• (Kepner): "The sides are discussing a marketing plan in which Rodriguez, 32, would benefit financially as he passes home run benchmarks in the coming seasons. He has 518 home runs and is 17th on the career list. If he passes Babe Ruth, who had 714 homers, and Hank Aaron, who had 755, he would trail only Barry Bonds, who has 762.

“These are not incentive bonuses,” Steinbrenner said. “For lack of a better term, they really are historic-achievement bonuses. It’s a horse of a different color.”

  • Steinbrenner said that the team president, Randy Levine, has been in contact with Major League Baseball to make sure the bonus package complies with a rule that does not allow teams to tie payments to certain individual statistics."
(Gee, no fair, Farnsworth gets to have an "incentive laden contract." Actually it's only 1 incentive, according to Cot's. He gets a bit of money for attaining a certain level on the Rolaids Relief Award balloting (given yearly to 1 reliever from each league). ) SM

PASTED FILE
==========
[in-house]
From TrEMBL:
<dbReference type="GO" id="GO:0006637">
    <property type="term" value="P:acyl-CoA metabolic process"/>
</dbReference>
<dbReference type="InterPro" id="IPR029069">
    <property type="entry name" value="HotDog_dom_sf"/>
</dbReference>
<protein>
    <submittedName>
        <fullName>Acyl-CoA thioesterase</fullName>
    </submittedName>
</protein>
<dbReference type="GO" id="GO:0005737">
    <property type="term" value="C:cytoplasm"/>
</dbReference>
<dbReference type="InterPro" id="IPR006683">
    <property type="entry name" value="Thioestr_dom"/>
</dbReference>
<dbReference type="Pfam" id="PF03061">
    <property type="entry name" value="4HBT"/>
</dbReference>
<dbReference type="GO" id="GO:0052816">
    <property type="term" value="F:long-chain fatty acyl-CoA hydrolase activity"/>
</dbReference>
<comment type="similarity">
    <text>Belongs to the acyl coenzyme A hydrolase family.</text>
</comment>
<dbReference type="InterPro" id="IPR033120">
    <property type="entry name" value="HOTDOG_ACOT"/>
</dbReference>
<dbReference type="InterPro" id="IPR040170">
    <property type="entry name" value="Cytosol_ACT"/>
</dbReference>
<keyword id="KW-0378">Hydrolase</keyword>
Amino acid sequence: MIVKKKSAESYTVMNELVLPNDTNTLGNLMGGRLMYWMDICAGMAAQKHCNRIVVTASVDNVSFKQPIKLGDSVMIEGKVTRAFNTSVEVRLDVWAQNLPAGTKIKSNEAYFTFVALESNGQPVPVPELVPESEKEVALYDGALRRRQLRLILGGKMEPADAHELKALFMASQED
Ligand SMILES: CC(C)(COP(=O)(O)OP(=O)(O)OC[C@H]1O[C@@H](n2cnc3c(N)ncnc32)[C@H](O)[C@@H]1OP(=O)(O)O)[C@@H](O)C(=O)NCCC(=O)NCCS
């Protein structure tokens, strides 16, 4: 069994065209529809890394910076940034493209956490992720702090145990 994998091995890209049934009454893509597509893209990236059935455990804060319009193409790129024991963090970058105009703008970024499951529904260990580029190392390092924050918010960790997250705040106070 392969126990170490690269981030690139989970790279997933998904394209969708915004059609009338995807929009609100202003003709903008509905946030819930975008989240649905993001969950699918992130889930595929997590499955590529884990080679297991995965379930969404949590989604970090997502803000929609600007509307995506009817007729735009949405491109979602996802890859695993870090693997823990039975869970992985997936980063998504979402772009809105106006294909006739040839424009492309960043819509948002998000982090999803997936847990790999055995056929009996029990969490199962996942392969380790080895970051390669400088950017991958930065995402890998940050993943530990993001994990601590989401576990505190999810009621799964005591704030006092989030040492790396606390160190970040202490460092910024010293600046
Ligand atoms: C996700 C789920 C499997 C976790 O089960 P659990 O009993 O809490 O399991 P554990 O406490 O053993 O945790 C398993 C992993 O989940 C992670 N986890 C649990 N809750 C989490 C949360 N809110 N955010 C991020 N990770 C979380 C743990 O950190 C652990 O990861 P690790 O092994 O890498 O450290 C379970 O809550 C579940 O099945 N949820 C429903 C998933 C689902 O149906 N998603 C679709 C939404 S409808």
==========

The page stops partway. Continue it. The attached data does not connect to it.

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Bob Gelb leaving management post at WFAN to join Imus staff--Watchdog, Best

Best notes the first Imus show on WABC will be staged at Town Hall theatre in Manhattan, seating 1500 people. On Gelb:

  • "Bob Gelb, who produced the first show heard on WFAN in 1987 and “Mike and the Mad Dog’’ for its first eight years, left this week to join Citadel Broadcasting and its new star, Imus.
  • Since 1997, Gelb had been WFAN’s director of strategic marketing; he will serve in a similar capacity at WABC for Imus’ show, which debuts Dec. 3."
No word yet on identity of additional on-air cast members.

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Jerry Seinfeld with Steve Somers on WFAN tonight

Seinfeld, having long ago called in to Somers' show on WFAN as "Jerry from Queens," makes another of his call-in guest appearances tonight, has views on Arod, Willie Randolph and baseball in general. (In the past I've heard him say he's a Mets fan).
  • He loves Willie Randolph, his discipline and approach. Also liked the 'no facial hair' policy and wants Willie to reinstate it.
Seinfeld's theories on why some fans don't like Arod:
  • 1. He takes a big breath before every pitch.
  • 2. He's too handsome.